Federal Court Holds That Under Louisiana Law, Actual Notice of Cause of Delay Satisfies Contractual Notice Requirement Despite Failure to Strictly Comply With the Notice Provision

Parkcrest Builders, LLC v. Hous. Auth. of New Orleans, 2017 U.S. Dist. LEXIS 125012 (E.D. La. August 8, 2017)

The Housing Authority of New Orleans (“the Authority”) contracted with Parkcrest Builders, LLC (“Parkcrest”) to construct a public housing project.  The Project was delayed and the Authority terminated Parkcrest prior to completion, and entered into a Takeover Agreement with Parkcrest’s Surety.  The Surety retained Parkcrest to complete the work, and later notified the Authority that it had achieved substantial completion.  The Authority asserted deficient and incomplete items remained on the project, which the Surety refused to complete.  The Authority then solicited bids for the remaining work, and awarded the work to a replacement contractor.

Parkcrest sued the Authority for breach of contract and also asserted that any delays on the Project were excusable and, therefore, not subject to liquidated damages.  The Authority counterclaimed against Parkcrest for added costs to complete the project.  The Surety intervened, also seeking a ruling that all delays were excusable.  The Authority then counterclaimed against the Surety for completion costs. Continue reading “Federal Court Holds That Under Louisiana Law, Actual Notice of Cause of Delay Satisfies Contractual Notice Requirement Despite Failure to Strictly Comply With the Notice Provision”

You Cannot Have it Both Ways: Missouri Appellate Court Holds City Cannot Bring a Complaint for Breach of a Contract and Plead in Response to a Counterclaim That the Same Contract Is Void

City of Dardenne Prairie v. Adams Concrete & Masonry, LLC, No. ED104982, 2017 Mo. App. LEXIS 533 (Mo. Ct. App. May 30, 2017)

This case arises out of a construction project in which the City of Dardenne Prairie (the “City”) purchased bricks for its construction of two buildings—a new city hall and a parks maintenance building—from Adams Concrete & Masonry, LLC (“ACM”).  In October 2008, the City enacted two ordinances authorizing the construction of the new city hall, but did not enact any ordinances authorizing the construction of the parks maintenance building.  Such authorization—and approval—by the City’s Board of Aldermen (“Board”) is required by law for public projects in Missouri.  Nevertheless, the City executed an agreement with ACM for the purchase of bricks and provision of masonry work for both projects.  In November 2009, the City paid ACM in full for all of the bricks.  But in December 2010, the City decided not to construct its parks maintenance building and thus, the bricks for it were never delivered.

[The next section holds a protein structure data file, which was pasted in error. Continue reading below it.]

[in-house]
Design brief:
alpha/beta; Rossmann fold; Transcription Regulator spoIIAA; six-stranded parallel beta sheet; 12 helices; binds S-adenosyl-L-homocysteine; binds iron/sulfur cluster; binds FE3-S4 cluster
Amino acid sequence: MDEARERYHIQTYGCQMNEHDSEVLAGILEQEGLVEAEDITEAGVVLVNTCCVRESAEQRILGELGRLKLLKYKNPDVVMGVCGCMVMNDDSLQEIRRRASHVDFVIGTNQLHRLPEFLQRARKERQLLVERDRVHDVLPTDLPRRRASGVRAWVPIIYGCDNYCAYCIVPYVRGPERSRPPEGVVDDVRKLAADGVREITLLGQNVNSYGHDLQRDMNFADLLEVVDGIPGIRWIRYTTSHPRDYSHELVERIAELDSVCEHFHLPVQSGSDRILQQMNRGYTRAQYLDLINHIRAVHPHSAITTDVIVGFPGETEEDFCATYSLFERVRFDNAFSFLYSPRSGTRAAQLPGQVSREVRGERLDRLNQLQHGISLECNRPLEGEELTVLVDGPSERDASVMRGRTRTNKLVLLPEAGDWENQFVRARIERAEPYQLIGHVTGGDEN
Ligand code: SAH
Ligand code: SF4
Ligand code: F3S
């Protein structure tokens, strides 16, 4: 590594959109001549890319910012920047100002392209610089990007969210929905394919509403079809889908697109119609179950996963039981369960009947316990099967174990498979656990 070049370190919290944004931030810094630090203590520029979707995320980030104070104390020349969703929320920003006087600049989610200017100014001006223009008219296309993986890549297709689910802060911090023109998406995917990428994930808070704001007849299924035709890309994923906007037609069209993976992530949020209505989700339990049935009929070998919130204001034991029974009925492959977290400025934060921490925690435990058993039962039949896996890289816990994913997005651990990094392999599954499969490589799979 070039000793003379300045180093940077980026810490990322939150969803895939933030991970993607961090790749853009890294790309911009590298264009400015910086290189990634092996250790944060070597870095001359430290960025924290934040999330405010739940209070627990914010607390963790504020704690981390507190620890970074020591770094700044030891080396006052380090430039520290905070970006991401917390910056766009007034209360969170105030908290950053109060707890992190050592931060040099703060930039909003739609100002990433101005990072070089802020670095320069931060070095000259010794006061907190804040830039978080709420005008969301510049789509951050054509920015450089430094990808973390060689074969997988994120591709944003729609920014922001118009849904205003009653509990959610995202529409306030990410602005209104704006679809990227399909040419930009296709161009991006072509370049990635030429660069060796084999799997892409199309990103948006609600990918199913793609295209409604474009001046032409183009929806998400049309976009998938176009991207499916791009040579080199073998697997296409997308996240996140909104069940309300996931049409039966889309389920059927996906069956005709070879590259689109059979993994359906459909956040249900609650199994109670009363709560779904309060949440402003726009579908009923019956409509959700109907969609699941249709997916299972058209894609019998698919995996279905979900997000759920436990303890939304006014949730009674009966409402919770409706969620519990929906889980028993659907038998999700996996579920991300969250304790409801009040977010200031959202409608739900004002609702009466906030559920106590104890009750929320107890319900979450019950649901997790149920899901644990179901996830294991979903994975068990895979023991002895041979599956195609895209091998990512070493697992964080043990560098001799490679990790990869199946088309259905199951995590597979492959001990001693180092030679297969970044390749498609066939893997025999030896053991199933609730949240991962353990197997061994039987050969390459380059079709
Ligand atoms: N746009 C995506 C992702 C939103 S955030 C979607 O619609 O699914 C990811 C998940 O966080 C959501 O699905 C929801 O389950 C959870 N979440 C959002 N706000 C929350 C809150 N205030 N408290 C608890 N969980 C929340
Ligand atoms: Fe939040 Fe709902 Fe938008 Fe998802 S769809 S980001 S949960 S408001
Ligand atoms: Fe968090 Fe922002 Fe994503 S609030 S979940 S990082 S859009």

In 2014, the City contacted ACM regarding the location of the undelivered bricks.  Upon learning that ACM’s fabricator had already resold the bricks, the City sued ACM for breach of contract to recover the cost of the undelivered bricks, averring that ACM had breached its purchase agreement by failing to deliver the materials.  ACM counterclaimed for breach of contract, claiming that the City was in breach by cancelling the construction of the parks maintenance building, thereby preventing ACM from completing its masonry work.  The City raised an affirmative defense, asserting that its agreement with ACM had not been approved by the City’s Board as required and thus was not enforceable.  ACM seized on the City’s assertion and moved for judgment on the pleadings arguing that, through this affirmative defense, the City admitted that its Board had not approved the agreement, and thus, the agreement was void and the City, too, was barred from recovering for breach of a contract that never existed.  The trial court sustained ACM’s motion and dismissed the claim and counterclaim. Continue reading “You Cannot Have it Both Ways: Missouri Appellate Court Holds City Cannot Bring a Complaint for Breach of a Contract and Plead in Response to a Counterclaim That the Same Contract Is Void”

Federal Court in Pennsylvania Analyzes Which Types of Damage are Barred by Contractual Waiver of Consequential Damages

Jay Jala, LLC v. DDG Construction, Inc., No. 15-3948, 2016 US Dist. LEXIS 150969 (E.D. Pa. Nov. 1, 2016)

Jay Jala, LLC was the owner of a motel construction project in Allentown, Pennsylvania. DDG Construction, Inc. was the contractor.  The project was delayed during construction and, four months after the specified completion date, DDG abandoned the project.  Jay Jala terminated DDG for default, completed the project, and initiated this action.

The contract provided that the parties “waive Claims against each other for consequential damages arising out of or relating to this Contract.” During litigation, DDG stipulated that it breached the contract but moved for partial summary judgment, arguing that Jay Jala’s damages were consequential, and thus waived. Continue reading “Federal Court in Pennsylvania Analyzes Which Types of Damage are Barred by Contractual Waiver of Consequential Damages”